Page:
[W]e do not consider the humanities as a critical and potentially liberating perspective that can be applied to medicine as an object in need of repairment. Medical humanities should not be construed as a humanistic perspective on medicine. They should rather be seen as a cross-disciplinary and cross-cultural space for a bidirectional critical interrogation of both biomedicine (simplistic reductions of life to biology) and the humanities (simplistic reductions of suffering and health injustice to cultural relativism). On the one hand, this implies breaking with the culture–nature dichotomy and considering both the humanities and medicine as biocultural practices. On the other hand, it also implies understanding that boundary work requires boundaries, and that incommensurability between various partial disciplinary perspectives can—and will—emerge (56).

The ambition at stake here listens to the holding-together outlined above. Whereas more ‘additive’ ways of connecting knowledge are valuable—for instance, when humanities-based research ‘fill the gaps’ of ‘pure’ medical research in order to facilitate evidence-based care—this is not what Hyginus’ text indicates. Just as the relation between Jove and Tellus is symmetric and mutual (they are equally necessary for the creation of humanity and will ‘hold’ remain with equal sovereignty after this life), so is the relation between Cura and the two other deities: Jove and Tellus are separated from humanity in this life, and Cura is equally separated from humanity after this life. This fable cannot be intertextually connected with asymmetrical or additive relations between knowledge fields, but it is connected with a ‘space for bidirectional critical interrogation’.

It is perhaps less clear how care as un-knowing speaks to larger trends in the medical humanities. It is therefore necessary to ask: how can understandings of care that emphasise withholding and un-knowing, including autotheoretical investigations that increase uncertainty, ambiguity and painful affects, inform knowledge production?

To outline a provisional response to this question, it is useful to return to Hyginus’ text once again. The description of Cura’s relation to humanity—Cura quoniam prima eum finxit, quamdiu vixerit, cura eum possideat (Since Cura fashioned him from the start, let Cura hold him for as long as he shall live)—should also be read with attention to grammar. While the conjunction quoniam (since) introduces a causal clause in the indicative mood (finxit), followed by an adverbial clause in the indicative (vixerit), the resulting clause is in the subjunctive (possideat). Interestingly, this subjunctive inflection is the only use of the subjunctive mood in Hyginus’ text.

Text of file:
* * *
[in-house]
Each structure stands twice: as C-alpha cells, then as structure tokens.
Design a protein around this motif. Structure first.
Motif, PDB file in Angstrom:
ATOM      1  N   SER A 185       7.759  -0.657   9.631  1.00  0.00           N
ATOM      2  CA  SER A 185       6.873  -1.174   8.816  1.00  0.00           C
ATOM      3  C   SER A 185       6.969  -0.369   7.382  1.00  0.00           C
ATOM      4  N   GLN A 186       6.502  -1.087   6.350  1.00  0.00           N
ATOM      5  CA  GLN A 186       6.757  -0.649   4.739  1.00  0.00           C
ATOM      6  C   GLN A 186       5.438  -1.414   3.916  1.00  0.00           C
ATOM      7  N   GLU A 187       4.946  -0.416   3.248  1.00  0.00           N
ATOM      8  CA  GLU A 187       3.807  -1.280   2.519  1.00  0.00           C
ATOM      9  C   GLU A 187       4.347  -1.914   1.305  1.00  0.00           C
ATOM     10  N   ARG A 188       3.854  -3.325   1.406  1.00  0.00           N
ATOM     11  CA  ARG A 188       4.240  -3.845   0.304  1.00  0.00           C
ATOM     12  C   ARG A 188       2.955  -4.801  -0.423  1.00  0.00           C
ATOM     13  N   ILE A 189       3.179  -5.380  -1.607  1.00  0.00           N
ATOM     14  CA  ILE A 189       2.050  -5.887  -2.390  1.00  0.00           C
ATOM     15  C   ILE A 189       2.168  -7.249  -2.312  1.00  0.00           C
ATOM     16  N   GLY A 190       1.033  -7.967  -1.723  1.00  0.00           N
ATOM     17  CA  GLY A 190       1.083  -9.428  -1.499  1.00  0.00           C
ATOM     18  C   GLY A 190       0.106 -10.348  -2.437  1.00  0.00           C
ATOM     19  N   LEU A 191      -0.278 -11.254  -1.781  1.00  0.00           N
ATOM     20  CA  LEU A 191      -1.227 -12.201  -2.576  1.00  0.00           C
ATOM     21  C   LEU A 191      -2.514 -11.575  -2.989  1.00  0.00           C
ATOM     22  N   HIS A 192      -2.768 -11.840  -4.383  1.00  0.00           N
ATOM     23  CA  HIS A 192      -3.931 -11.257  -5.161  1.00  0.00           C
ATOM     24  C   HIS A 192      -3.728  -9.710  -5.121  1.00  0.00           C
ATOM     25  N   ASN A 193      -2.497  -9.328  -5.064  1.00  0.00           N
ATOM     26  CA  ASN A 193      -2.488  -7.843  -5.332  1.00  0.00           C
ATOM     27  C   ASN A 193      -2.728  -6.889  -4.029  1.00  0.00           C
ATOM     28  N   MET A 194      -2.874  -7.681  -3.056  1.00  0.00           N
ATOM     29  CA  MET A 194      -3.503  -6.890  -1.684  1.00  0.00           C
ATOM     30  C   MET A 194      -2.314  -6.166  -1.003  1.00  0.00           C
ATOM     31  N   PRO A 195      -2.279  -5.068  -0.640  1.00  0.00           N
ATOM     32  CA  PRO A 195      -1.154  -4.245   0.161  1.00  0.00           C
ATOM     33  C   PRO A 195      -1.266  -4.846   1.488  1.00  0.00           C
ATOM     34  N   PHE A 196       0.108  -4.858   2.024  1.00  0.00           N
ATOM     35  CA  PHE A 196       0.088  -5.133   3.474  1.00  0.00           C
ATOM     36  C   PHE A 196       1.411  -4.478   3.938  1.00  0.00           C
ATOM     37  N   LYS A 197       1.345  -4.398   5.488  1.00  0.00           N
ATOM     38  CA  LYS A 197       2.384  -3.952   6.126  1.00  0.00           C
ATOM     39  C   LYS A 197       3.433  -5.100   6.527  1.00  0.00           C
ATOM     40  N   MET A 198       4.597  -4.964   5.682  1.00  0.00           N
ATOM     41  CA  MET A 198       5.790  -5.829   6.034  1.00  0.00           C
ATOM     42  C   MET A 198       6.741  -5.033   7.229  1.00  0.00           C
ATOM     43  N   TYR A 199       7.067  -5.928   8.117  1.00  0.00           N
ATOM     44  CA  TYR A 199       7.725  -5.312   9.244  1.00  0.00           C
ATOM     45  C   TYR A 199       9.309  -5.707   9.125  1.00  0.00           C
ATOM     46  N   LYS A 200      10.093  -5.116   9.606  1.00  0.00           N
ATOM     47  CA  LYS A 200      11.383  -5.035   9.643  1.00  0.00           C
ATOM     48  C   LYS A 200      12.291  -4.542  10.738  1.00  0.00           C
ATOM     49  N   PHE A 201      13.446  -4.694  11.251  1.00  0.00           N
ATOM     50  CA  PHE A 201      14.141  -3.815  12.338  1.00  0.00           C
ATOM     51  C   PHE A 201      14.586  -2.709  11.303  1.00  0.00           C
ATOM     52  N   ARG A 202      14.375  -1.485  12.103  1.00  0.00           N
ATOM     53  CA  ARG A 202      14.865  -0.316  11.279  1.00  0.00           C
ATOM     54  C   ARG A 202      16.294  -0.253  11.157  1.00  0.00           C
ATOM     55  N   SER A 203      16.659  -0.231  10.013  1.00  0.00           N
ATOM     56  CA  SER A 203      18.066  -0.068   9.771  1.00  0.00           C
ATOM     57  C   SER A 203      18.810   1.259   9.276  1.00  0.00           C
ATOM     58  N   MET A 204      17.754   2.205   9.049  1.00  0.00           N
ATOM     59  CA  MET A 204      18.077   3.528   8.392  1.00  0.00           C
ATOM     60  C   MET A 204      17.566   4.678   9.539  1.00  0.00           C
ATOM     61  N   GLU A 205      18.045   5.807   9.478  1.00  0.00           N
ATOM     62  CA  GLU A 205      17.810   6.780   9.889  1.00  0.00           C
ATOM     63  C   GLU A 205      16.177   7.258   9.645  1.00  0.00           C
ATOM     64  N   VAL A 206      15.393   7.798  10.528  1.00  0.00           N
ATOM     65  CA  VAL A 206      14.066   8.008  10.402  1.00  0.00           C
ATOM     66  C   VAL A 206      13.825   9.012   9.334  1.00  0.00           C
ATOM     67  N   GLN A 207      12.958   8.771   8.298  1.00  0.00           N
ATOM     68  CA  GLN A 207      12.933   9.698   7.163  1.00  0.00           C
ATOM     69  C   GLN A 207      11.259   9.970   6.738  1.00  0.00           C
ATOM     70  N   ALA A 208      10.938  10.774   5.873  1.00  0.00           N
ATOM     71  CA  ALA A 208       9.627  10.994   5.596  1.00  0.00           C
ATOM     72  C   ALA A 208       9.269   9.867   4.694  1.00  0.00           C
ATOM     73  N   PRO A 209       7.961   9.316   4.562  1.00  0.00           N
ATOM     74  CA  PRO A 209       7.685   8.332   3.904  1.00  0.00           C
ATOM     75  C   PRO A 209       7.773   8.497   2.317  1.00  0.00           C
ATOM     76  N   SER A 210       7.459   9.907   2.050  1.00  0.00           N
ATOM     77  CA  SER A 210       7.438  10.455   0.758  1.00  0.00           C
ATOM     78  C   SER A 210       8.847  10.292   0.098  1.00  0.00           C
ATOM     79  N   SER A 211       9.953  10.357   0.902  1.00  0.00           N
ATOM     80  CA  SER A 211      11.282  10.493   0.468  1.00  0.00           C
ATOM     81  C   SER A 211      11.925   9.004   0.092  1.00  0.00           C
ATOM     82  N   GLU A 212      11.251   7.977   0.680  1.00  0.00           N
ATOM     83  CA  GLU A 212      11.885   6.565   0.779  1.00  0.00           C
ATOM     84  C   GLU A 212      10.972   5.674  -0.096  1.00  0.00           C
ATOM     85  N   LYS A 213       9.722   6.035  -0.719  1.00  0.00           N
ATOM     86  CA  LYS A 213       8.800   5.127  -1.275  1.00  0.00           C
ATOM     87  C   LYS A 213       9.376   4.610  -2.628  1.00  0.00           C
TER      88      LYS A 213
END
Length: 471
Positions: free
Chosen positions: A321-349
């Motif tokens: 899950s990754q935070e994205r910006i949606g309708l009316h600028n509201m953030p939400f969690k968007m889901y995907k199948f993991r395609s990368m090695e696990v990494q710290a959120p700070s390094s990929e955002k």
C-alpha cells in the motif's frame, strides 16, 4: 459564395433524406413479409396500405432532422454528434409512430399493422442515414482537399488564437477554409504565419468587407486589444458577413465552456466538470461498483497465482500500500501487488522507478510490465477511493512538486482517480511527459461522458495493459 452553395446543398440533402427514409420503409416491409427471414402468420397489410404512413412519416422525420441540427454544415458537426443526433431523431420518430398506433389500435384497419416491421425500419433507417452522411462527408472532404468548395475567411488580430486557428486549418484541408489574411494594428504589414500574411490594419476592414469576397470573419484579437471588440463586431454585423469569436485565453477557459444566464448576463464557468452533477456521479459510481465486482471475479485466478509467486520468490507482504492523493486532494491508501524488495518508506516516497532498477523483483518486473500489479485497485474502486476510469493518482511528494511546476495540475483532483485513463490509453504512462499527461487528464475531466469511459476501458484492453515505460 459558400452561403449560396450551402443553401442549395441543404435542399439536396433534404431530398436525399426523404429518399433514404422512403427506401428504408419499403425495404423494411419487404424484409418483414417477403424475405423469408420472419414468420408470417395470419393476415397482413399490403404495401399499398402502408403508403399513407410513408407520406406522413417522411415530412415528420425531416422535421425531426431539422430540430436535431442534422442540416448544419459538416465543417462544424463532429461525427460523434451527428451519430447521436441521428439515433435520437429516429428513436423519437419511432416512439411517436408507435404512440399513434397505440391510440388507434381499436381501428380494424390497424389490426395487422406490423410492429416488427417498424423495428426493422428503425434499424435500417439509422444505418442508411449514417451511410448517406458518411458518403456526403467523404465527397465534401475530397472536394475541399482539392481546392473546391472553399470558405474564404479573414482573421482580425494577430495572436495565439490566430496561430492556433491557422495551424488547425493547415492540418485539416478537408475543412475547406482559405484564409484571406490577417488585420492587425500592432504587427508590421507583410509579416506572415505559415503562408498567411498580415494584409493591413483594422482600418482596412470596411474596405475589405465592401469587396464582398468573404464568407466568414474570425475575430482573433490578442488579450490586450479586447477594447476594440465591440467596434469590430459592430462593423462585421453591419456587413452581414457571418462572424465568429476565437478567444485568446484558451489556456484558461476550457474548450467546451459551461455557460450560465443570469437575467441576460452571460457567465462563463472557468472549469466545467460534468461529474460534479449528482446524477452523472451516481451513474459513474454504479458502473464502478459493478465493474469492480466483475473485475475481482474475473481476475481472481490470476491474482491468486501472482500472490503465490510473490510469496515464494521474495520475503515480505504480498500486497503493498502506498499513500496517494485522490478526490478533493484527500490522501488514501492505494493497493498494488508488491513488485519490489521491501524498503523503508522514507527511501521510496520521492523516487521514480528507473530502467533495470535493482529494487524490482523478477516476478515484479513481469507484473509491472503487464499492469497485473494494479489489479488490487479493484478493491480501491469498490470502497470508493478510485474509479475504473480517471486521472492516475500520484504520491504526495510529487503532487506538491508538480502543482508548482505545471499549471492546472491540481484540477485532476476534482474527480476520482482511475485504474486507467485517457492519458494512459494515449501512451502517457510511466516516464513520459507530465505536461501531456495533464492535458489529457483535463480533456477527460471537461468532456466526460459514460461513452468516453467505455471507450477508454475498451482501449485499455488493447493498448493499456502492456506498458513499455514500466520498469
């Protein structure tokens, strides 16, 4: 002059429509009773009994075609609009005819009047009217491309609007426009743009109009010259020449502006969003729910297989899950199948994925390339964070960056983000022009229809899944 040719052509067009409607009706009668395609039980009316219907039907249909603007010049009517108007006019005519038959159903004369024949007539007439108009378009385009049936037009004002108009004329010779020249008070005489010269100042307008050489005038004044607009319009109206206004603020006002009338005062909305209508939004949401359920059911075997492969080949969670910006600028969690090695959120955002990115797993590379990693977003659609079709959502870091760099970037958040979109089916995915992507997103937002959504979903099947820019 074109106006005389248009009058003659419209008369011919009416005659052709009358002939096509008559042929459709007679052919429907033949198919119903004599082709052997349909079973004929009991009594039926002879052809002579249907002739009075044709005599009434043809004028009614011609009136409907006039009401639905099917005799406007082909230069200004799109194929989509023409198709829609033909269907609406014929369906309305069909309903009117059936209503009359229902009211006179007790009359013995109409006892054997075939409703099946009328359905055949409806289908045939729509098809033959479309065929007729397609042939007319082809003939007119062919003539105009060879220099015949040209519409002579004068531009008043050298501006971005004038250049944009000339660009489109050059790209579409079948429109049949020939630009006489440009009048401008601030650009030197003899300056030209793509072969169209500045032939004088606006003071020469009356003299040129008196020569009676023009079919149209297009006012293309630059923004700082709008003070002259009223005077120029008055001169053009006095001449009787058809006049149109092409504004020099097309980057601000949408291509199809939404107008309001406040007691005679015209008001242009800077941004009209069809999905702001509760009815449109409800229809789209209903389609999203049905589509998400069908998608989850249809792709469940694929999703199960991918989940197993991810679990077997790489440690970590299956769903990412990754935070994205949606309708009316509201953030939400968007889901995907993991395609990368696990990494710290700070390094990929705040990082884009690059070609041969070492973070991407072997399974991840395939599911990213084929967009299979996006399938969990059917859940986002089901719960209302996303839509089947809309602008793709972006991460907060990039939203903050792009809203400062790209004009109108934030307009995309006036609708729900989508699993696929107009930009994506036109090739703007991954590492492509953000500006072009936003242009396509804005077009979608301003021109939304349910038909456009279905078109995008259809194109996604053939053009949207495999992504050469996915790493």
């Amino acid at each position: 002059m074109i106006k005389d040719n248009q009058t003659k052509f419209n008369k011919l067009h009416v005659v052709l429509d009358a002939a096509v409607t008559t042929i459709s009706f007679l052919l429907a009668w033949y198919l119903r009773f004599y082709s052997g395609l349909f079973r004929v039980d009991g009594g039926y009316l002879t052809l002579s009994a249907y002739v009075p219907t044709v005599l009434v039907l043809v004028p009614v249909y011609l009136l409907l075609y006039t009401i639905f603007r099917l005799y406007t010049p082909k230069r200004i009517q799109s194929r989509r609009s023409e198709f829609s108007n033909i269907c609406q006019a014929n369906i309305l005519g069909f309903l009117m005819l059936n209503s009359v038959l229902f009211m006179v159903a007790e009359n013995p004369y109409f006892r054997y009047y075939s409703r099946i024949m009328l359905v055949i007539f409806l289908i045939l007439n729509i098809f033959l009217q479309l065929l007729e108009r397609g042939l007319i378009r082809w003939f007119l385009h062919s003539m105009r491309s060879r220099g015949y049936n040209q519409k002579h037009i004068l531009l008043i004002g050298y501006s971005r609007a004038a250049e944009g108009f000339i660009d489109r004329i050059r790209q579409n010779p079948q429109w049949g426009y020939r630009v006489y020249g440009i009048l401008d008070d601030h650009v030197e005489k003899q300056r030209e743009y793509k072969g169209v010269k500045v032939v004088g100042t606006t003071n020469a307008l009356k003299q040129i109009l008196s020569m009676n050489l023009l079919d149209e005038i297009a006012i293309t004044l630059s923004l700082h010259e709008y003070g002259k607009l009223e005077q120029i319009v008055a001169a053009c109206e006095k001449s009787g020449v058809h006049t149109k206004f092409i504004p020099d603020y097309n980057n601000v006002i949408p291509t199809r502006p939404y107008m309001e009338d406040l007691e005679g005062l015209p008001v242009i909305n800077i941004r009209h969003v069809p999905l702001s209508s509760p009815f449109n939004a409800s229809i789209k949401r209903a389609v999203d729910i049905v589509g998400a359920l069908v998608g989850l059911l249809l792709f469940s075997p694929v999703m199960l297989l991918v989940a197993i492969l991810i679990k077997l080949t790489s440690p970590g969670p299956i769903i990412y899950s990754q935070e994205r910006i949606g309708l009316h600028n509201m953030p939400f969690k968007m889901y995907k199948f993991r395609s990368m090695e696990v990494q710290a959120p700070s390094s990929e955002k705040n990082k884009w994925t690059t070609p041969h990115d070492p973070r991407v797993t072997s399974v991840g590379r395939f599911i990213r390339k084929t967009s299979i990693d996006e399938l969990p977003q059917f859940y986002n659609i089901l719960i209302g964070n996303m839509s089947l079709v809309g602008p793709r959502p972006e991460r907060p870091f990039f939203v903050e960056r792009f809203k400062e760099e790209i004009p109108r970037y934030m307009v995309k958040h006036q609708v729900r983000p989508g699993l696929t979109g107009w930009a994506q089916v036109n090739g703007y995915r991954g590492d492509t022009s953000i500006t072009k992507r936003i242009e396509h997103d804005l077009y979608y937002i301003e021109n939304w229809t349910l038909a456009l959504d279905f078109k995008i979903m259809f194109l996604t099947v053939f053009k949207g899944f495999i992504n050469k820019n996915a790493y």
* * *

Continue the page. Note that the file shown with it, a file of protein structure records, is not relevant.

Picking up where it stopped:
This use of the subjunctive mood—sometimes called ‘independent’ usage—can have a variety of purposes. Although the usage in fable CCXX is iussive—in the sense that makes a permanent judgement—it is worth noting that the subjunctive mood is often associated with potentiality in classical Latin. Other common areas of usage include ‘questions in which the speaker or writer expresses doubt or disbelief by “thinking aloud” (deliberative), wishes that cannot or may not be fulfilled (optative), and the potentiality that something may happen or might have happened (potential)’ (Palma 2012, 377). Moreover, it is worth noting that possideat is in present tense. Since the subjunctive mood lacks a future tense in Latin, the active present tense can also denote future actions. Hyginus’ text, then, points towards knowing and un-knowing, and towards openness to potentiality and some degree of uncertainty.

When held together, withholding and uncertainty give a clear implication for the medical humanities as a form of academic practice: the epistemological ambitiousness in medical humanities should be supplemented with what one might call epistemological modesty. Such modesty is rooted in the specifics of care, and in the relation between complexity and synthesis. What is at stake in care research—if we take the abovementioned complexities into account—is a ‘bidirectional space’, and an ever-expanding and exponentially multidimensional space. When medical humanities emerged, it was only a question of time before the field began to involve other humanities and social sciences disciplines than those involved in the initial phase. Similarly, the growth of critical medical humanities steadily increases the engagements with all kinds of critical research frontiers, in the social sciences as well as in the humanities. At least in an area such as studies of care—where the intimacy is so acutely palpable—it will become increasingly clear that the medical humanities will remain ‘outnumbered’ or ‘overpowered’ by the analytical complexities the field itself brings forth.